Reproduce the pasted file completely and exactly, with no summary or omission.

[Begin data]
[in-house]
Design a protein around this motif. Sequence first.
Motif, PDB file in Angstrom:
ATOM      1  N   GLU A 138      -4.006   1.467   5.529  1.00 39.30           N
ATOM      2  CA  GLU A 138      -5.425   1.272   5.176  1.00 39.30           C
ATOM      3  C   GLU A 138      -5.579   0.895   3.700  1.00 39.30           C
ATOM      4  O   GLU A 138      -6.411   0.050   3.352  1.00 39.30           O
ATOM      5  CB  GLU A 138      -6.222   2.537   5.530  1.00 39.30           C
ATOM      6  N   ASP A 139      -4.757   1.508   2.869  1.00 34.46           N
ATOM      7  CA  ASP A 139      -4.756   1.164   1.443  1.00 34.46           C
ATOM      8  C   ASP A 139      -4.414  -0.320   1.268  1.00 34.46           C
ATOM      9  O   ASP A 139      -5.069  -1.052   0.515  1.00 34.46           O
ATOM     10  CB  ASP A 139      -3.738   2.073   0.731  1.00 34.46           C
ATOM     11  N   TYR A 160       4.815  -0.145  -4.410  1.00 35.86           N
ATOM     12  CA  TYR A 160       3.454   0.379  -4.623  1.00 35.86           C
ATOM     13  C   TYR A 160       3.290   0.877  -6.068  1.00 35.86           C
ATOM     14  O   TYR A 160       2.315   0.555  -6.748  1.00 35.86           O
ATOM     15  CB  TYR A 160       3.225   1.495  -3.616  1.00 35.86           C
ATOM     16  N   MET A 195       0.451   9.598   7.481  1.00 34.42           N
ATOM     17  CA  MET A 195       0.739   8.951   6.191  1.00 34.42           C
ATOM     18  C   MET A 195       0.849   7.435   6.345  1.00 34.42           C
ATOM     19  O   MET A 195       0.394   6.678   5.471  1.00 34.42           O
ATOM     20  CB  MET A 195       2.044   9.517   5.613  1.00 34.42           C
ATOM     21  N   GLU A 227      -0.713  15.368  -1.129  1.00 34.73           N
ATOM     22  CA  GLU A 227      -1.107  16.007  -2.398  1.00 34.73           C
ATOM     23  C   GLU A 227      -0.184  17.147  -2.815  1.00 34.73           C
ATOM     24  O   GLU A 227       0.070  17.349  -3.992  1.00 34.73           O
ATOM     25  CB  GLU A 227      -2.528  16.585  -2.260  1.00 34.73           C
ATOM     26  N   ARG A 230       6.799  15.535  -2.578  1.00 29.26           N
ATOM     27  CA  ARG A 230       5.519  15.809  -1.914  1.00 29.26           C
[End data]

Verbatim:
[in-house]
Design a protein around this motif. Sequence first.
Motif, PDB file in Angstrom:
ATOM      1  N   GLU A 138      -4.006   1.467   5.529  1.00 39.30           N
ATOM      2  CA  GLU A 138      -5.425   1.272   5.176  1.00 39.30           C
ATOM      3  C   GLU A 138      -5.579   0.895   3.700  1.00 39.30           C
ATOM      4  O   GLU A 138      -6.411   0.050   3.352  1.00 39.30           O
ATOM      5  CB  GLU A 138      -6.222   2.537   5.530  1.00 39.30           C
ATOM      6  N   ASP A 139      -4.757   1.508   2.869  1.00 34.46           N
ATOM      7  CA  ASP A 139      -4.756   1.164   1.443  1.00 34.46           C
ATOM      8  C   ASP A 139      -4.414  -0.320   1.268  1.00 34.46           C
ATOM      9  O   ASP A 139      -5.069  -1.052   0.515  1.00 34.46           O
ATOM     10  CB  ASP A 139      -3.738   2.073   0.731  1.00 34.46           C
ATOM     11  N   TYR A 160       4.815  -0.145  -4.410  1.00 35.86           N
ATOM     12  CA  TYR A 160       3.454   0.379  -4.623  1.00 35.86           C
ATOM     13  C   TYR A 160       3.290   0.877  -6.068  1.00 35.86           C
ATOM     14  O   TYR A 160       2.315   0.555  -6.748  1.00 35.86           O
ATOM     15  CB  TYR A 160       3.225   1.495  -3.616  1.00 35.86           C
ATOM     16  N   MET A 195       0.451   9.598   7.481  1.00 34.42           N
ATOM     17  CA  MET A 195       0.739   8.951   6.191  1.00 34.42           C
ATOM     18  C   MET A 195       0.849   7.435   6.345  1.00 34.42           C
ATOM     19  O   MET A 195       0.394   6.678   5.471  1.00 34.42           O
ATOM     20  CB  MET A 195       2.044   9.517   5.613  1.00 34.42           C
ATOM     21  N   GLU A 227      -0.713  15.368  -1.129  1.00 34.73           N
ATOM     22  CA  GLU A 227      -1.107  16.007  -2.398  1.00 34.73           C
ATOM     23  C   GLU A 227      -0.184  17.147  -2.815  1.00 34.73           C
ATOM     24  O   GLU A 227       0.070  17.349  -3.992  1.00 34.73           O
ATOM     25  CB  GLU A 227      -2.528  16.585  -2.260  1.00 34.73           C
ATOM     26  N   ARG A 230       6.799  15.535  -2.578  1.00 29.26           N
ATOM     27  CA  ARG A 230       5.519  15.809  -1.914  1.00 29.26           C